Museums welcome tax relief extension for exhibitions

Sector works together to secure tax relief on permanent exhibitions as part of the autumn statement
Caroline Parry
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Museums seeking to claim the new tax relief on permanent and temporary exhibitions must set up a trading company or subsidiary to qualify.

The plan to extend the tax relief on temporary exhibitions, a measure announced in last spring’s budget, to include permanent exhibitions was confirmed in November’s autumn statement. The changes will apply from April.

Small to medium-sized museums now stand to benefit from the relief. It was previously feared that venues unable to host temporary or touring exhibitions would miss out on the opportunity to claim.

Alistair Brown, the policy officer at the Museums Association, acknowledges that tax relief is a “complex” way to offer the sector a boost, as it is available only to organisations liable for corporation tax.

“It is a relatively easy process to set up a company, although it may be complex for local authority and small museums,” says Brown. “However, setting up a company might also spur some museums that aren’t engaged in other commercial activities to become more entrepreneurial.”

The announcement has been widely welcomed by the sector, which has been lobbying the government since a consultation on the original tax relief on temporary exhibitions was opened in September.

According to Brown, expansion of the tax relief shows how arts and cultural organisations and institutions can work together. “It is a strong example of the sector working together to find a solution for all museums and institutions,” says Brown. “Museums now need to apply.”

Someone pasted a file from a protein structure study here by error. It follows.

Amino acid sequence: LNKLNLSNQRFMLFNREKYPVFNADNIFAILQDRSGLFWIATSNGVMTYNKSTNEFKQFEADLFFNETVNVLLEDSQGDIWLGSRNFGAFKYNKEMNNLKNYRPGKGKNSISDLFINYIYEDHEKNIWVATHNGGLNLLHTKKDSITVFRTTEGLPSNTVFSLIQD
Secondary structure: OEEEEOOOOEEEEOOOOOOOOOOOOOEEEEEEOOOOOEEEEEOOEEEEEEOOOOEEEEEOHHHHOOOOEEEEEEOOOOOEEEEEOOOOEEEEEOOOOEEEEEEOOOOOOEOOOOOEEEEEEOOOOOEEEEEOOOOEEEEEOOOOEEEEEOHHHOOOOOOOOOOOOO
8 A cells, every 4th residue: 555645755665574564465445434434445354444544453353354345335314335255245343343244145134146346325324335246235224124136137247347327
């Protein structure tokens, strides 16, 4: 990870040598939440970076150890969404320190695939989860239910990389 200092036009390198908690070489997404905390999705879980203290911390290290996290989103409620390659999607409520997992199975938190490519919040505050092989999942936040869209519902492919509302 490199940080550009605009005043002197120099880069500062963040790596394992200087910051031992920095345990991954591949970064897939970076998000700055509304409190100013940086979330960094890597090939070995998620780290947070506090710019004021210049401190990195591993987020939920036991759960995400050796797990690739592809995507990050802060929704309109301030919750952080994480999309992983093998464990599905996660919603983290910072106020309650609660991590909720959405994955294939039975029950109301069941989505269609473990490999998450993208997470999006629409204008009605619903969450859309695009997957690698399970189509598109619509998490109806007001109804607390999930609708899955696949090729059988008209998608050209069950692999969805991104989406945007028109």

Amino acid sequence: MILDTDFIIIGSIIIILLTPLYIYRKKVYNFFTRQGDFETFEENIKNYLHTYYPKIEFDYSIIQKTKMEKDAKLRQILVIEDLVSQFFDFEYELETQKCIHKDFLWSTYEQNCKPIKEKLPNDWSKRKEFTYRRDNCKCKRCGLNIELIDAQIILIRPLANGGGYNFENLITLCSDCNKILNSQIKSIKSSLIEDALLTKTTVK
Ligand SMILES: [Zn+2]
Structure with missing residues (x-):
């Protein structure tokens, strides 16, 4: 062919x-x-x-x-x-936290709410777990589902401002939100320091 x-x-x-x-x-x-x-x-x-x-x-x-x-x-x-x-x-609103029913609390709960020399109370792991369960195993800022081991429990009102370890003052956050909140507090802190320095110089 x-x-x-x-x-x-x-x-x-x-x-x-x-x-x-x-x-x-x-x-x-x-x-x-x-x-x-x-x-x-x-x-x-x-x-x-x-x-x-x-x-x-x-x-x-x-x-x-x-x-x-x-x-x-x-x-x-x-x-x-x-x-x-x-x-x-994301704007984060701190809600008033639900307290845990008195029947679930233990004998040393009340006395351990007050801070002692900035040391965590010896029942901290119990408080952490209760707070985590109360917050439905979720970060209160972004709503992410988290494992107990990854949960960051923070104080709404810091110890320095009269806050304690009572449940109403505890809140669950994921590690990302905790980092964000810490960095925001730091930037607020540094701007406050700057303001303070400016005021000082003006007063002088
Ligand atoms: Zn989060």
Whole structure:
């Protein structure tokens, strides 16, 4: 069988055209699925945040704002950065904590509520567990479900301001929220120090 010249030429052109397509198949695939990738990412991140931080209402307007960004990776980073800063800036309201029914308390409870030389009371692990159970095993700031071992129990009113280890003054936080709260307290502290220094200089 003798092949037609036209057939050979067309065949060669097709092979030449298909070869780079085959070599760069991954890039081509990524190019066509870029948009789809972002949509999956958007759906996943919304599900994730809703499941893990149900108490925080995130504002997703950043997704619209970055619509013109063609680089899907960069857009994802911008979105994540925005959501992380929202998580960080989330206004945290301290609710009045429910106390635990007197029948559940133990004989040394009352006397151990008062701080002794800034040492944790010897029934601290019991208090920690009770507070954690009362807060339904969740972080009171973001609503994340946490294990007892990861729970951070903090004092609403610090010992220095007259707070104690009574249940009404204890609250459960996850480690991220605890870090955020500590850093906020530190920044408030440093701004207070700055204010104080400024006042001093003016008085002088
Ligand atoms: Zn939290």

Stephen Deuchar, the director at the Art Fund, says: “We welcome news in the autumn statement that the much needed tax relief for exhibitions will be extended to permanent as well as temporary and touring shows.”

Boost of £30m

Museums and galleries in the UK stand to benefit from a £30m boost from the measure. Tax relief rates will be set at 25% of qualifying expenditure for touring exhibitions and 20% for non-touring exhibitions, which mirrors tax relief rates in the theatre sector. However, there is a £500,000 cap on qualifying spend per exhibition.

There is also a “sunset clause” that will involve the tax relief expiring in 2022, unless it is extended.

The government has already acknowledged that museums, in particular, need “certainty to plan exhibitions in advance”, so a review of the tax relief initiative is expected in 2020, to set out plans for after 2022.

Brown describes the clause as a “review mechanism”. He says: “It will give the government an opportunity to see if it is actually delivering a benefit to the public.”

Chancellor Philip Hammond also used the autumn statement to confirm plans to make Gift Aid more accessible. This includes allowing organisations to be registered as a charity for two years, rather than three.

“Any move to simplify procedures, so more museums can take advantage of Gift Aid, is welcome,” says Brown.

“A lot of small museums have not been positive about it because of the administrative bells and whistles.”

Among the organisations awarded funds from the Libor Trust, created from fines levied on banks in the wake of the Libor scandal, were Aberdeen Museums Development Trust and the RAF Museum.

“It is always welcome, but this is not a strategic way of funding culture,” says Brown. “It doesn’t replace public funding.”

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